Eos is a valued source for accurate, reliable, and timely news and perspectives about the Earth and space sciences—from the Earth’s core to the far reaches of the solar system and beyond.
Eos addresses all geoscience disciplines and covers a broad range of topics, including Earth’s deep interior, tectonics, oceans, atmosphere, hydrology, solar physics, planetary bodies, geoscience history, and education, among others. It also examines the intersection of science and policy as it relates to climate change, hazards and disasters, resource development, and other societal concerns.
Eos seeks to forge strong interdisciplinary ties among Earth scientists and to place the important contributions of the Earth and space sciences in the context of social and policy-making arenas. The worldwide community of Earth and space scientists relies on Eos for timely news, overviews of topics central to broad research questions, updates on major projects and programs, opinion pieces, meeting summaries, and more.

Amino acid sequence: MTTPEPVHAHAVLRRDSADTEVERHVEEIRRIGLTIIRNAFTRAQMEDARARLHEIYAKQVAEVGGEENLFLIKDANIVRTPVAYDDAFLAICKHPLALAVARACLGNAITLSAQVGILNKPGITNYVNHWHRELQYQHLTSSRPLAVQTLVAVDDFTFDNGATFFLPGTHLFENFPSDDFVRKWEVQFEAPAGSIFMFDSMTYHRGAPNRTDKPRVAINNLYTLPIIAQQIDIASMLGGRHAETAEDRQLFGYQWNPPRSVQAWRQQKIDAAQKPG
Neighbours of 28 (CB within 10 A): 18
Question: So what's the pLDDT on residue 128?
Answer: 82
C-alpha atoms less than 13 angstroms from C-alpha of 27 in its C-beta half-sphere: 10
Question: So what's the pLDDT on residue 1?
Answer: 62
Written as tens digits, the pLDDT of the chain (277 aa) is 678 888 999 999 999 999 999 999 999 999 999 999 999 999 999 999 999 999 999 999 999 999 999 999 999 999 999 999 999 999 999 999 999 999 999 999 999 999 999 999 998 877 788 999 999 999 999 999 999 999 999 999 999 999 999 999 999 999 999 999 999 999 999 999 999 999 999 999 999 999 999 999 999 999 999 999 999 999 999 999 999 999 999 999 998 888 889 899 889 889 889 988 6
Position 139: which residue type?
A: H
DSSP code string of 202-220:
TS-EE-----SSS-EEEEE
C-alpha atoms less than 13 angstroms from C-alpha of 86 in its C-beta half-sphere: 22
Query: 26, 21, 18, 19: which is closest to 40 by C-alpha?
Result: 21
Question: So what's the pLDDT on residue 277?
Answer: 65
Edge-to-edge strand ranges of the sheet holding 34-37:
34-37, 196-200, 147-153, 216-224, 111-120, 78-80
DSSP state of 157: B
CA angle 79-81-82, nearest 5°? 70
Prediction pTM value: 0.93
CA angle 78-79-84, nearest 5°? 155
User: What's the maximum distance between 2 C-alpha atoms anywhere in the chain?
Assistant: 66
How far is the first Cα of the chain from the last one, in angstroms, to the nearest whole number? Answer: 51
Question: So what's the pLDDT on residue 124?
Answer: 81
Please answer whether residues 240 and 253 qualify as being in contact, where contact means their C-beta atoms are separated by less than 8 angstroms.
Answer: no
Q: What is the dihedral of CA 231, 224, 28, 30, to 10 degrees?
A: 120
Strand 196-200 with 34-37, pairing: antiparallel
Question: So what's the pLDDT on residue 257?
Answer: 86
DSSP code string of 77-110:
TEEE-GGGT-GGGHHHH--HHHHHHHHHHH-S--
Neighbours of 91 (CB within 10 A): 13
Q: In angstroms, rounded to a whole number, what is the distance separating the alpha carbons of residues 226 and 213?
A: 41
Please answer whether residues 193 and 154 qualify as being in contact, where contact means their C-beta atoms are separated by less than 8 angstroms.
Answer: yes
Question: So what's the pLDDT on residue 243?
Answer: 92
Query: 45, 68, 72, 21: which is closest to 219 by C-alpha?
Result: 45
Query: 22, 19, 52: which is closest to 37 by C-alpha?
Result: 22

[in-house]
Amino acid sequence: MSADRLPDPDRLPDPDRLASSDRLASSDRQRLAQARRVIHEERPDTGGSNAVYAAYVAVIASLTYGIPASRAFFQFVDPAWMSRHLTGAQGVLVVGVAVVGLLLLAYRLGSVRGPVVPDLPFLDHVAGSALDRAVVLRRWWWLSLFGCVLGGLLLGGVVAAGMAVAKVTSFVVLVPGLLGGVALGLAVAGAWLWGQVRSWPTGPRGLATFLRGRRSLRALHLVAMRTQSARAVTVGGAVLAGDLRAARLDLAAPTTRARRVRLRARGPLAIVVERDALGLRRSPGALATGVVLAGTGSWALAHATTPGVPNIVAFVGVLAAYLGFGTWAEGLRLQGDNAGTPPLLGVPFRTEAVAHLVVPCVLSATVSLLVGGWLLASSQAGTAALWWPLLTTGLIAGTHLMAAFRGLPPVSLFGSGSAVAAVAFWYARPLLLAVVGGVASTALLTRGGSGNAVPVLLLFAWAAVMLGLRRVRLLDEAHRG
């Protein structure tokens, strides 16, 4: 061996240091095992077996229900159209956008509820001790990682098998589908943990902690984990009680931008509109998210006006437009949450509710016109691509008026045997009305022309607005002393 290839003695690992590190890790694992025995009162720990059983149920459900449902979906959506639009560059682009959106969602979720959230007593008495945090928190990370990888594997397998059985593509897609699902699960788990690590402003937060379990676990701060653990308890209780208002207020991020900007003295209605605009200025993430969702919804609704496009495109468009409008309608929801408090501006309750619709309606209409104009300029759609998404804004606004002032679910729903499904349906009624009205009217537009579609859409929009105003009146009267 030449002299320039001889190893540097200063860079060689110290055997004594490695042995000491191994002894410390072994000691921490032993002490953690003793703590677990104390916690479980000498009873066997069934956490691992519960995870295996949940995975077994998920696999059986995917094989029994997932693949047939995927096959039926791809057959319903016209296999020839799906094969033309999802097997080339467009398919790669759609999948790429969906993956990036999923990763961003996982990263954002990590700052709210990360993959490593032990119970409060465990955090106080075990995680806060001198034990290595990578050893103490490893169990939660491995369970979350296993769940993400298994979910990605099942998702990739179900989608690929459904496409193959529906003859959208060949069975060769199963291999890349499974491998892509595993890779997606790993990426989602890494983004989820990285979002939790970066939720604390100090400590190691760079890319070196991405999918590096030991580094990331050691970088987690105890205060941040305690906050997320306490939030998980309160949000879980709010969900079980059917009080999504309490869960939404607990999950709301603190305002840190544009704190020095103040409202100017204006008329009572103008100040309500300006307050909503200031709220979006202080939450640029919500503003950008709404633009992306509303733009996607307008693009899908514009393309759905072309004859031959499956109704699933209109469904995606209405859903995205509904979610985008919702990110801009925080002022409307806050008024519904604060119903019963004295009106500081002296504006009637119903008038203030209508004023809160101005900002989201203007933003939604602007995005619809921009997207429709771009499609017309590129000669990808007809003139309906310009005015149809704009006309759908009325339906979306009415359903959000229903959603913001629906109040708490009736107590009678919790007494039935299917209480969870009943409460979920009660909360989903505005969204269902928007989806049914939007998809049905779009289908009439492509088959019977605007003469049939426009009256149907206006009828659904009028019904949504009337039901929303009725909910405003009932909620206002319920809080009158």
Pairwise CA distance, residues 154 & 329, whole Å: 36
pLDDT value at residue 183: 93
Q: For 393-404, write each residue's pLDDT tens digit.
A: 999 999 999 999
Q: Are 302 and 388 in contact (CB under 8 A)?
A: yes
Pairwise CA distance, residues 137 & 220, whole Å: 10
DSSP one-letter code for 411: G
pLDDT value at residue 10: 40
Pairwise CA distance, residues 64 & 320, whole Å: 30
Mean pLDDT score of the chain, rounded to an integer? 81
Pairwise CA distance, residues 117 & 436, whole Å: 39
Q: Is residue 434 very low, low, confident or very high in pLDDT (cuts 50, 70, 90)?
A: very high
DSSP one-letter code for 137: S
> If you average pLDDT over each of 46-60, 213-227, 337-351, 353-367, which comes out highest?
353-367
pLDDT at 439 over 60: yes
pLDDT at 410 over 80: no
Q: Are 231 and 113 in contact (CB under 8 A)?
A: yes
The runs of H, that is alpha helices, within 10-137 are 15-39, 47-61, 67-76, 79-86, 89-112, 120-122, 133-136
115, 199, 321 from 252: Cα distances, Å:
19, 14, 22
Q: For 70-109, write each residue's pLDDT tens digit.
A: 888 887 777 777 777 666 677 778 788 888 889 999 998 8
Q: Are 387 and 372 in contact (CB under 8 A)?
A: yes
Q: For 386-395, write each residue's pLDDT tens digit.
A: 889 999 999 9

Why Eos? The publication is named for the Greek goddess of the dawn. She represents the new light continually being shed by the Earth and space sciences on the understanding of our planet and its environment in space for the benefit of humanity.
The publication that evolved into Eos, called Transactions, American Geophysical Union, began as a way to distribute information about AGU’s annual meetings and discipline-specific sections to AGU members. Launched in 1920, it was published sporadically until 1959, when it became a quarterly. In 1969, it became monthly and added Eos to its name. In 1979, the publication became a weekly newspaper. Now, with its Web presence, Eos is freely available to all who are interested in the Earth and space sciences.
Earth & Space Science News
Editor in Chief
Eos (ISSN 2324-9250) is published online by the American Geophysical Union, 2000 Florida Ave., NW, Washington, DC 20009, USA.
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Use AGU’s Geophysical Electronic Manuscript Submissions system to submit a manuscript.
Views expressed in this publication do not necessarily reflect official positions of the American Geophysical Union unless expressly stated.
Christine W. McEntee, Executive Director/CEO